In Figure 2, we look at the relationship between planned uses of the CTC and families’ income in 2020. Overall, we find that:

  • Families across the income spectrum planned to use the CTC to build emergencies savings at similar rates.
  • A greater proportion of lower-income families (76%) planned on using their CTC for routine expenses than middle- (64%) and higher-income (54%) families.
  • A substantially greater proportion of lower-income families (75%) planned on using their CTC for essential items than middle- (52%) and higher-income (37%) families.
  • A substantially greater proportion of lower-income families (66%) planned on using their CTC to purchase more or better food than middle- (44%) and higher-income (27%) families.
  • A slightly smaller proportion of lower-income families (38%) planned on using their CTC to start or grow a college fund than middle- (42%) and higher-income (50%) families.
  • A slightly greater proportion of lower-income families (45%) planned on using their CTC for child activities than middle- (44%) and higher-income (32%) families.
  • A slightly greater proportion of lower-income families (29%) planned on using their CTC for child care expenses than middle- (24%) and higher-income (24%) families.
  • A substantially greater proportion of lower-income families (28%) planned on using their CTC to spend more time with their children than middle- (16%) and higher-income (11%) families.
  • A greater proportion of lower-income families (12%) planned on using their CTC to hire tutors for their children than middle- (5%) and higher-income (3%) families.

Figure 2. Planned usage of the child tax credit, by 2020 household income

Figure 2. Planned usage of the child tax credit, by 2020 household income

Source: Employment, Financial and Well-being Effects of the 2021 Expanded Child Tax Credit, Social Policy Institute.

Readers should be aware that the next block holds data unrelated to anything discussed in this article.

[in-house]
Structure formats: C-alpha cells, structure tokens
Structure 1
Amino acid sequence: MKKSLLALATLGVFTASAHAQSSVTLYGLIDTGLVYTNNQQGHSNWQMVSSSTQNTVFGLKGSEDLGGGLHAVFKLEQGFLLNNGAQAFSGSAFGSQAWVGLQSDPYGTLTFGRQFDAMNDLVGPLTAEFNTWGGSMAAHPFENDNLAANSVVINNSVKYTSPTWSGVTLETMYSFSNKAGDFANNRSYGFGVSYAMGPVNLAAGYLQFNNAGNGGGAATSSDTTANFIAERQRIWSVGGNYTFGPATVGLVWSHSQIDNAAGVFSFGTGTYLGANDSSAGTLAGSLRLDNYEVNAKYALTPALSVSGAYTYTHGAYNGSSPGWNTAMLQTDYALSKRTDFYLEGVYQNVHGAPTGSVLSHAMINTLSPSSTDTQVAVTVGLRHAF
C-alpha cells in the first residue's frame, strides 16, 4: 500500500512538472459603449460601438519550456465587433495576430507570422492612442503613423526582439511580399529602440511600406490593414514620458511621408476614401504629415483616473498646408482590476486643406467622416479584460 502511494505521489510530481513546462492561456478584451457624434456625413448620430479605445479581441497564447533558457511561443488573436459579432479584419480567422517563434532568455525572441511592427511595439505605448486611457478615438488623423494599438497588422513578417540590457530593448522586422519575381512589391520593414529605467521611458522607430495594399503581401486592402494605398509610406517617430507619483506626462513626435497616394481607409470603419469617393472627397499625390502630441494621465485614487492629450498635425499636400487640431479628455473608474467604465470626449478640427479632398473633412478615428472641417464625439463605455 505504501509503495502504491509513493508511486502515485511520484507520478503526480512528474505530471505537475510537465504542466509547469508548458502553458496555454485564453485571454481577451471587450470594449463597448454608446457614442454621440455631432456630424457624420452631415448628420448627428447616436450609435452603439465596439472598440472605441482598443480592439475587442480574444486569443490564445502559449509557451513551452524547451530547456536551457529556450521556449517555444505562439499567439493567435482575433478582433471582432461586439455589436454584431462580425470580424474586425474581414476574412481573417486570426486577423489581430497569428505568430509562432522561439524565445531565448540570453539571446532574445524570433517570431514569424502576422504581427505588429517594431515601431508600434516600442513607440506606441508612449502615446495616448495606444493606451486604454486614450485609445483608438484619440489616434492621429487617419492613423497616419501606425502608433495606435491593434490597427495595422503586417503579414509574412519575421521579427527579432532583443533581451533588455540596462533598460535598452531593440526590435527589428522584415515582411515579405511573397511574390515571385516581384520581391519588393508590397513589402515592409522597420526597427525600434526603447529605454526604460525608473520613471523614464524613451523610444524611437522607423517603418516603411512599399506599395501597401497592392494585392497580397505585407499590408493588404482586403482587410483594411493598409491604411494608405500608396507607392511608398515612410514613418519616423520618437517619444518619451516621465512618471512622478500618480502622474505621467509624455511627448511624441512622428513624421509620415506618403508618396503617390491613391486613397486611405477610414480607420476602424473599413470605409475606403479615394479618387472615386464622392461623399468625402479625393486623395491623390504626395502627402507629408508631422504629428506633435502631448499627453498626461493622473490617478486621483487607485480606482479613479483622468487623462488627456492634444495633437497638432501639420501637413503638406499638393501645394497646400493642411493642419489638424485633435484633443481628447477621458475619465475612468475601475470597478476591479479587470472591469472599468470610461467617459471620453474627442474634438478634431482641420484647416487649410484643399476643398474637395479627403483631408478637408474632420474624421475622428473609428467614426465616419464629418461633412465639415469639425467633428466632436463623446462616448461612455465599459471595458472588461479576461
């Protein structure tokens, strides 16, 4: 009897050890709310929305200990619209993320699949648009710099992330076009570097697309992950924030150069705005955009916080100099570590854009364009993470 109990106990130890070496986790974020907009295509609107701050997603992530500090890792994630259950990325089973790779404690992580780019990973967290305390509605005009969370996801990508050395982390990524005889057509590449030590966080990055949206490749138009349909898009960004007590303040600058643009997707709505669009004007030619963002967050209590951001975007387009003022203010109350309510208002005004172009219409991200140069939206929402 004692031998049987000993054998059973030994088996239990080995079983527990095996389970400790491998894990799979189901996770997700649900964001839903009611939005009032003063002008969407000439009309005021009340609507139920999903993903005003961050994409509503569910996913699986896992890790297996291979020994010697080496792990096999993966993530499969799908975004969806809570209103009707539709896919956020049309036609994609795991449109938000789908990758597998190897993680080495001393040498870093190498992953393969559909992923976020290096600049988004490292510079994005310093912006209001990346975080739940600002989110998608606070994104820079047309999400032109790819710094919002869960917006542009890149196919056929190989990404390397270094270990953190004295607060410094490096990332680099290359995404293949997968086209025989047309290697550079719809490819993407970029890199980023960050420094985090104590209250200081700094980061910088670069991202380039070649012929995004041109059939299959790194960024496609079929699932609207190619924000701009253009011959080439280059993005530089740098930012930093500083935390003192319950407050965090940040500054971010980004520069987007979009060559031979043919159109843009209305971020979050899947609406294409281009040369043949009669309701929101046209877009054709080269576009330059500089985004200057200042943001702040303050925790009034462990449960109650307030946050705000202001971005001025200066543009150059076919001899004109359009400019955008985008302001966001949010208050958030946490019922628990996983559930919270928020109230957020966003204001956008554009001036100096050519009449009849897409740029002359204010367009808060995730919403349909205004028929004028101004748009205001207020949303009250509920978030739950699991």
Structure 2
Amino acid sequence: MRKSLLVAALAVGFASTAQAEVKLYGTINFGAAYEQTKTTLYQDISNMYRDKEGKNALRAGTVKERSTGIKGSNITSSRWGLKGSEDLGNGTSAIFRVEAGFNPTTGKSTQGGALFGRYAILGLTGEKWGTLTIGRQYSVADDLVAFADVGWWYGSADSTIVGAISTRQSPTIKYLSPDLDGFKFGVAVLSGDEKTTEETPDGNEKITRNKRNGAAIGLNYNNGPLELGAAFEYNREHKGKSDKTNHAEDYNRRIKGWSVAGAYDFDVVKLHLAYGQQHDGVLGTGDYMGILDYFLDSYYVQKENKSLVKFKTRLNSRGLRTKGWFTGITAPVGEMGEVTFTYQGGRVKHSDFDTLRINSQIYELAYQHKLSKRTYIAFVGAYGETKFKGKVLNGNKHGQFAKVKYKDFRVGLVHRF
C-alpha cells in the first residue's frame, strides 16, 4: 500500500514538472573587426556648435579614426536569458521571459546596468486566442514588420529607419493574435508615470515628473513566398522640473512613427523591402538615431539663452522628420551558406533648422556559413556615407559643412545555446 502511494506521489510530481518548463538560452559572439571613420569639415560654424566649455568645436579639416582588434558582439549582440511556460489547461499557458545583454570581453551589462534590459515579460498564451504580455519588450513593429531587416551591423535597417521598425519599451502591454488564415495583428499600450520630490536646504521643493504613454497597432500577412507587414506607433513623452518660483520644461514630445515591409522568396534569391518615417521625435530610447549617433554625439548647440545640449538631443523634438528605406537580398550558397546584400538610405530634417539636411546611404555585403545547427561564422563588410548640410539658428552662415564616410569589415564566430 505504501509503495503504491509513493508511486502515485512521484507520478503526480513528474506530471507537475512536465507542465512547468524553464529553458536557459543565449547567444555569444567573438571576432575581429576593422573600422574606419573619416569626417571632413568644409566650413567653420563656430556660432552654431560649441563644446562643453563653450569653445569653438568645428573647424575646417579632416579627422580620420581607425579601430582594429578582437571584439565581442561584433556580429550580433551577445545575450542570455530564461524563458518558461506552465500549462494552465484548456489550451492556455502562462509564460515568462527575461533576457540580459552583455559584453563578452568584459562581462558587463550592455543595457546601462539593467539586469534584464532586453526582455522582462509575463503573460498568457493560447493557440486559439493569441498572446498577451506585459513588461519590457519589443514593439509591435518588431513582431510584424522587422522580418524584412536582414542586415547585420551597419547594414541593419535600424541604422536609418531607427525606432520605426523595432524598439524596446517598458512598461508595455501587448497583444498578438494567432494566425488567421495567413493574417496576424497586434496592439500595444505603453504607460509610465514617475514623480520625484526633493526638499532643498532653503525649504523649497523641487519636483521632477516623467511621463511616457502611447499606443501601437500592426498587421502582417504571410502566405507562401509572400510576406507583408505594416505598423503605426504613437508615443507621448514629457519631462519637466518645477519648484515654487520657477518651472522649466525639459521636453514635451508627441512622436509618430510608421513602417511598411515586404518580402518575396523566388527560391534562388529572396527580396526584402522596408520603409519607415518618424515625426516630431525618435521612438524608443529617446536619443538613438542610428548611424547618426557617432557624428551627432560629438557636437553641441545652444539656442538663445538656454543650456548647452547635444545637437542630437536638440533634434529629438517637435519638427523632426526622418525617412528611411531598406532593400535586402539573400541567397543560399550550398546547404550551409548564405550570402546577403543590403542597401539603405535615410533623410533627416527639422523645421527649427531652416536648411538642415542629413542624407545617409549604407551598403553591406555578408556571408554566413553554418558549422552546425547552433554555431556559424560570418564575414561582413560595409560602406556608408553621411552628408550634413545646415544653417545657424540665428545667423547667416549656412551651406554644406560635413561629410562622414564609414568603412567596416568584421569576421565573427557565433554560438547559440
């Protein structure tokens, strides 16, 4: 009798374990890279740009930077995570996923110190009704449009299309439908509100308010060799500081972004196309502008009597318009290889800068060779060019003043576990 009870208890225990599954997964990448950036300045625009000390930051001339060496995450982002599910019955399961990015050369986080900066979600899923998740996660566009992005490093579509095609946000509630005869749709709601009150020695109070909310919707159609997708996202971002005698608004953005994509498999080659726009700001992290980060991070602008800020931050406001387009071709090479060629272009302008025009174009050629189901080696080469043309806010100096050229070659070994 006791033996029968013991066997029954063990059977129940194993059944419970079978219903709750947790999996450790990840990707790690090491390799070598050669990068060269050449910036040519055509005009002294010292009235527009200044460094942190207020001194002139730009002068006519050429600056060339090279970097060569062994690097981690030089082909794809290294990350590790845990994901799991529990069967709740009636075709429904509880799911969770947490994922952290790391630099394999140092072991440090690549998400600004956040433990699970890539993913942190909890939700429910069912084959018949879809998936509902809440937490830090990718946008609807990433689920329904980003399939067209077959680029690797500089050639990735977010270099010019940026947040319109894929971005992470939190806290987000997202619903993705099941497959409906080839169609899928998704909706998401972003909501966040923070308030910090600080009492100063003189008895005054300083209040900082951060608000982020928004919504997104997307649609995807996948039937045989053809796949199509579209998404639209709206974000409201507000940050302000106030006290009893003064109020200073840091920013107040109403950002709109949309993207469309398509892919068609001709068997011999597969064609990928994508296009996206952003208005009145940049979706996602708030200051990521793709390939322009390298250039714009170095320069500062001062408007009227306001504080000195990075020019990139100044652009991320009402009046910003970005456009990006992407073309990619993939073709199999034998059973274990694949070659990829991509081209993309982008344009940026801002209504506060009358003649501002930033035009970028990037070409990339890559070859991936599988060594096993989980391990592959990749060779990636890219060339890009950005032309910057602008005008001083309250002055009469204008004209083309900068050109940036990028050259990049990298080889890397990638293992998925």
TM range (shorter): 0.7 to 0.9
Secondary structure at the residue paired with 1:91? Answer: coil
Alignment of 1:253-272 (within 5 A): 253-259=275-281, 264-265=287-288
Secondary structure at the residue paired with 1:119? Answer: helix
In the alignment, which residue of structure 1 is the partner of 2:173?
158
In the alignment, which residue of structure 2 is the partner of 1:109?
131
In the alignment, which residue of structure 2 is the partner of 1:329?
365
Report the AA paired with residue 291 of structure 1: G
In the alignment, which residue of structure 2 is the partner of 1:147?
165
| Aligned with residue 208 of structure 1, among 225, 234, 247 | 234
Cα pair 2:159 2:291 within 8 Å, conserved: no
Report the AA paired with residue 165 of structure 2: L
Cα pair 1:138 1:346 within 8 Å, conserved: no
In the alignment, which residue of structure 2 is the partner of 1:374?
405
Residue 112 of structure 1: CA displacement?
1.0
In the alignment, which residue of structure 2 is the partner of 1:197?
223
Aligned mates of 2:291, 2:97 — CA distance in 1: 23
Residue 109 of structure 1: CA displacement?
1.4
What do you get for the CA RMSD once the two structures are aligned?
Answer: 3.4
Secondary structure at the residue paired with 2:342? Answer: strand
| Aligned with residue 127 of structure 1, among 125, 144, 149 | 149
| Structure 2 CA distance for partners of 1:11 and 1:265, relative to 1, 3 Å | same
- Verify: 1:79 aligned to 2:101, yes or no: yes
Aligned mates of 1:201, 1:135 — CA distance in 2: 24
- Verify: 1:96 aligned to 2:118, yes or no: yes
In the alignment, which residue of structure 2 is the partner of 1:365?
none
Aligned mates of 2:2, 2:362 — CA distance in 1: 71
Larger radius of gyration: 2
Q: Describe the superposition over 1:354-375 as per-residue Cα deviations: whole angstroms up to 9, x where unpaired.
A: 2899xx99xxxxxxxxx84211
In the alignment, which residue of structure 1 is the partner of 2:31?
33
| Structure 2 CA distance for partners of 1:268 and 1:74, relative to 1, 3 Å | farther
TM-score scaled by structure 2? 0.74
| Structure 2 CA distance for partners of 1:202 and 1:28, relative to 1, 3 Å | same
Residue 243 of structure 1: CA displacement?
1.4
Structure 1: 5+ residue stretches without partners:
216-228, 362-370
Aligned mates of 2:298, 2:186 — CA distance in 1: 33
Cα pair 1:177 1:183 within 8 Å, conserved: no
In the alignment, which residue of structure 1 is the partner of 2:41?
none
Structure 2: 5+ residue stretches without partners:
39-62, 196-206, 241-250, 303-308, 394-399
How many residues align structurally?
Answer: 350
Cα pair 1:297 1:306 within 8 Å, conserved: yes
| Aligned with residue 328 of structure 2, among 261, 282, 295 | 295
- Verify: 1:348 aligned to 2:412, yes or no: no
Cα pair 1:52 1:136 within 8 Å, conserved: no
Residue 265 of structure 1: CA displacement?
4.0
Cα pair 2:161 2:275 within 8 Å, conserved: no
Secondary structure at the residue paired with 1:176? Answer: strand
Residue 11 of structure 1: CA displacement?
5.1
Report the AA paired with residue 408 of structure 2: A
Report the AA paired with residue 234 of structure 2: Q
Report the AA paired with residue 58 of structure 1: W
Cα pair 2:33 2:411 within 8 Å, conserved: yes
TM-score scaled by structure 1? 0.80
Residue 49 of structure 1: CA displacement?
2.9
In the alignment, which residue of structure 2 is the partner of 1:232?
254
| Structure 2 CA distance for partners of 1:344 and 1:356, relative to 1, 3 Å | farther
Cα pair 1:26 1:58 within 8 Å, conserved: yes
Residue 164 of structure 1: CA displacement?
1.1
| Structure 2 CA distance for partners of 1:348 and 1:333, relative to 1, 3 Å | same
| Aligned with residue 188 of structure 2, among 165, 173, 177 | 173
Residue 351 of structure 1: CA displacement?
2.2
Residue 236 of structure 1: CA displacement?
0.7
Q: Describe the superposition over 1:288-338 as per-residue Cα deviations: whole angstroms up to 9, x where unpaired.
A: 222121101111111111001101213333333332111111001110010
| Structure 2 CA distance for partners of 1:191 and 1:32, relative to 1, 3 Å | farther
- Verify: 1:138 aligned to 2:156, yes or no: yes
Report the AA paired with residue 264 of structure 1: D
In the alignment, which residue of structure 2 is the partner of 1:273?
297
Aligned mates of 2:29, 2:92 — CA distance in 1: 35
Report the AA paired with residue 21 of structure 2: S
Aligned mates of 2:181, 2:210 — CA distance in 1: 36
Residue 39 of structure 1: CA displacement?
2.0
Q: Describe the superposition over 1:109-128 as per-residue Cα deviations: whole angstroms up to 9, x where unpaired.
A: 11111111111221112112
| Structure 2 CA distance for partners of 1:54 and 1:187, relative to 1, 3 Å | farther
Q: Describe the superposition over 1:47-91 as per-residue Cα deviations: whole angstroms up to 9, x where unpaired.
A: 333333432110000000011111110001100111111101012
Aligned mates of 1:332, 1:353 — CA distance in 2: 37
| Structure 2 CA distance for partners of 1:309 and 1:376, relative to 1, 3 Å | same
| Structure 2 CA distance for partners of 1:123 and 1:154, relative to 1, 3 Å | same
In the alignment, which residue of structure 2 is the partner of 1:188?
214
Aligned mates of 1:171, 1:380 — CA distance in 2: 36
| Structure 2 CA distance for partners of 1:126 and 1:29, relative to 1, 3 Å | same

Notes: n=1,049 – 1,071 respondents who anticipate receiving the CTC. Responses differ slightly across categories as some respondents skipped answering yes/no for certain categories.

There are four main takeaways from these results:

  1. The results show that the new CTC will likely have the intended effect of alleviating child poverty, as seen in the relatively large proportions of respondents planning to use their CTC for emergency savings, routine expenses, essential items, purchasing more or better food, and paying for health care and child care expenses.
  2. The results show that the new CTC will likely increase social mobility both for families and their children. For example, when considering family social mobility, a relatively large proportion of respondents planned to use their CTC for moving and making home improvements or starting/growing a college fund for their children.
  3. While some fear that the CTC will disincentive work, this fear appears to be relatively unfounded, as only 6 percent of families planned on working less or changing jobs.
  4. These results show that low-income families planned to use the CTC to both cover the essential expenses for their households and children, while also commonly planning to use the CTC to build their emergency savings. This is important for promoting the financial well-being of these families, who often struggle with severe budgetary constraints and have very minimal amounts of emergency savings.

U.S. families, and low- and middle-income families in particular, must often manage tight budgets that make it difficult to build even modest savings and put them at risk of taking on high (and often expensive) debt burdens. Based on these results, it appears that the CTC will help give families a little more slack in their budgets to help them meet their essential needs, while also allowing them to make important investments in their children’s future, such as college savings or paying for extracurricular activities. Both of these functions may help improve children’s well-being both now and over the long term, and policymakers should consider these benefits as they debate whether or not to make the CTC permanent.